Breastcups 2009-2011

A collaborative piece with Zoë Gingell of video,installation and performance that was first shown in 2009 at Chapter Arts Centre, Cardiff.

“Small cup Large cup”

A video piece: 2 monitors play alongside each other. On one close ups of a hand expressing breast milk into a tiny teacup and on the other monitor a hand expresses milk into a normal sized teacup. The work plays in a humorous and ironic way with the breast as a container of many meanings and with the biological normality of breast milk verses current cultural norms. The breast, the milk, but no baby – just milk for our tea.

“Breasts- like the women who “wear”-them can be deemed as both sexual and maternal.” The maternal body disturbs by accentuating this lack of a clear black or white distinction.”

Faedra Chatard Carpenter, ' "(L)Activists and Lattes": Breastfeeding Advocacy as Domestic Performance.' Woman and Performance: a journal of feminist theory 16:3 347-367, p. 352-353.


A cafe scene is set, tables for audience members. At one table sits a mother and her baby. The waitress brings out strange objects and vessels including lacy molded ‘breastcups’ (moulded from the mother’s own breast), which the mother fills by pumping her breast milk through a tube into the vessels.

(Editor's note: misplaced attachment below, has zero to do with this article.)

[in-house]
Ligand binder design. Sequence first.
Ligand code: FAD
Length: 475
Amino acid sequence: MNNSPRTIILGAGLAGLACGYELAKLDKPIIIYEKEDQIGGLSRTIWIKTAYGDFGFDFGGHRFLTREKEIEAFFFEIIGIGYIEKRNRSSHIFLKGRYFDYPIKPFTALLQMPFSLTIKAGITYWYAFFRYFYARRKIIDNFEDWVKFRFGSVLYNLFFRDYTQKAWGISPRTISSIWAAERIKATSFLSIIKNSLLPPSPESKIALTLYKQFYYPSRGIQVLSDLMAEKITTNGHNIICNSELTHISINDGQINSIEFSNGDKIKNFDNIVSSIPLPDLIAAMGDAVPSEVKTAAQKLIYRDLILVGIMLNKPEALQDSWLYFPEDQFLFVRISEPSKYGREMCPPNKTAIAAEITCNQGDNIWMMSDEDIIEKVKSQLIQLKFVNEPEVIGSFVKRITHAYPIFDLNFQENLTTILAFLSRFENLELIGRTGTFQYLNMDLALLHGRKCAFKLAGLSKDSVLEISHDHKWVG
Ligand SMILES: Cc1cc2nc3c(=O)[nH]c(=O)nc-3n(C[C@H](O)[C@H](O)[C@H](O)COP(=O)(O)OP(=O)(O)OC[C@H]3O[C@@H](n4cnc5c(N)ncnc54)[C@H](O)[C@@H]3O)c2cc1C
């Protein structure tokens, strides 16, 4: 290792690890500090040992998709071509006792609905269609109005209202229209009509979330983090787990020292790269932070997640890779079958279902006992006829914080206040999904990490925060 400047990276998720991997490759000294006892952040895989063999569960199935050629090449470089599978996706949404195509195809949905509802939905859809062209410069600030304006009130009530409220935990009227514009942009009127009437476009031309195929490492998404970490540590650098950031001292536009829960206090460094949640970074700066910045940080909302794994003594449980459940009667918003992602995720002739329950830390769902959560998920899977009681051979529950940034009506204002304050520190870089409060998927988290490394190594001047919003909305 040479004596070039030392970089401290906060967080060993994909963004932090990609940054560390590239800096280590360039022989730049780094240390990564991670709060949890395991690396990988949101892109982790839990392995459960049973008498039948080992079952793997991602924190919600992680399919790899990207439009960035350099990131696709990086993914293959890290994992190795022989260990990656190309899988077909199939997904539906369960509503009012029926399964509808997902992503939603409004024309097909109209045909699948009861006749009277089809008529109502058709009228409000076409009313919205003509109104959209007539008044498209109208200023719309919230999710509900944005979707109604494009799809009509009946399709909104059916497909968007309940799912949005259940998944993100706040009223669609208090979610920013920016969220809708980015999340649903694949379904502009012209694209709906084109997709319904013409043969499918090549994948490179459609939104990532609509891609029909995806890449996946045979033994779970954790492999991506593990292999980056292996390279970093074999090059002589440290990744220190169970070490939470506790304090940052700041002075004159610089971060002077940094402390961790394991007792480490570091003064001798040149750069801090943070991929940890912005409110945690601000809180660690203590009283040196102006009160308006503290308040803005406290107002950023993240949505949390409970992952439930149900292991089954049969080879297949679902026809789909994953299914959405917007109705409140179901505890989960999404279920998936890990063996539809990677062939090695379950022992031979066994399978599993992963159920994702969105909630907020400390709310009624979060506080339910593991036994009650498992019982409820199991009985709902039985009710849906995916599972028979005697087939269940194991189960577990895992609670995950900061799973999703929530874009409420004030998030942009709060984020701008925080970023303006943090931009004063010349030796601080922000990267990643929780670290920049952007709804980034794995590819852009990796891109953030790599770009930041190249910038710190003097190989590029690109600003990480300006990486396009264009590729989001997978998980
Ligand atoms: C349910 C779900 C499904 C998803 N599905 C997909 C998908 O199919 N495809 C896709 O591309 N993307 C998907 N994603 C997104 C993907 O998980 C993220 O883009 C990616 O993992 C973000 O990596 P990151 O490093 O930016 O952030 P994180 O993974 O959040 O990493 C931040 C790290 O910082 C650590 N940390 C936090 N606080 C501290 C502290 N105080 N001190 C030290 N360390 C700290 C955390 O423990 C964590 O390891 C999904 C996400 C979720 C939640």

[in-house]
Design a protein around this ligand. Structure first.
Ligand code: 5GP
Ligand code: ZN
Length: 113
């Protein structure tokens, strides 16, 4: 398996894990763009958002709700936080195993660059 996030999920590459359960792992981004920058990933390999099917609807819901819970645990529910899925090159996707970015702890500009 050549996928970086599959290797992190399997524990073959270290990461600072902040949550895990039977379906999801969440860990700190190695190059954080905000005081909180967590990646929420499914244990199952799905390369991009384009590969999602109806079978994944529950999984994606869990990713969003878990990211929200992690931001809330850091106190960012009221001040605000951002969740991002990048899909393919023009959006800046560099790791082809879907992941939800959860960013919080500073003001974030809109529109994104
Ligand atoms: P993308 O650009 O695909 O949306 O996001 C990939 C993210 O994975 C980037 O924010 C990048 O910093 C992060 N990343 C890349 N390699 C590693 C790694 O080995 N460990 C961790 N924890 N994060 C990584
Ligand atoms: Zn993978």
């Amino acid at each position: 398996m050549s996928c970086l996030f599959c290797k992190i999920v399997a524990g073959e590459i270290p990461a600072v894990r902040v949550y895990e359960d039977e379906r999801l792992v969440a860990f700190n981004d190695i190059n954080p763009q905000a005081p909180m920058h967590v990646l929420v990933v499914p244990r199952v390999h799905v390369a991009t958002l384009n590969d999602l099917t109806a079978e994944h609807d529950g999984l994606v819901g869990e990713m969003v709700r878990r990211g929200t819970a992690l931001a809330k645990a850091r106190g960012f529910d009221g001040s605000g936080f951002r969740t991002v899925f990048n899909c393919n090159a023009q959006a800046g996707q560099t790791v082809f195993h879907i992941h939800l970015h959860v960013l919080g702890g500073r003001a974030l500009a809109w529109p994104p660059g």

In “Breastcups”, the maternal breast becomes many vessels, with the medium and fluids of milk a kind of connective currency initially between Mother and Baby, then between self and other, performers and audience. The milk acts as a communicator, the audience involved with a private act – it becomes confrontational.

The piece ‘Breastcups’ evolved from initial ideas to actively work with the subject of ‘other-body’ and a desire to use breastmilk as a performative material, material that the body produced in conjunction with the baby. 

‘Within the installation Breastcups, the maternal body is physically displaced through its table setting, breasts served up as cake and cups on dollies, sitting next to umbilical tubes and feeding paraphernalia, all wrapped up in politeness. As in the videos, the collection of milk, the ever present fluid, acts as a connective currency between the private intimate act of nurture, without the baby’s presence and a world of manners, tea-time.’ Zoë Gingell.

photo credit: Tim Bartlett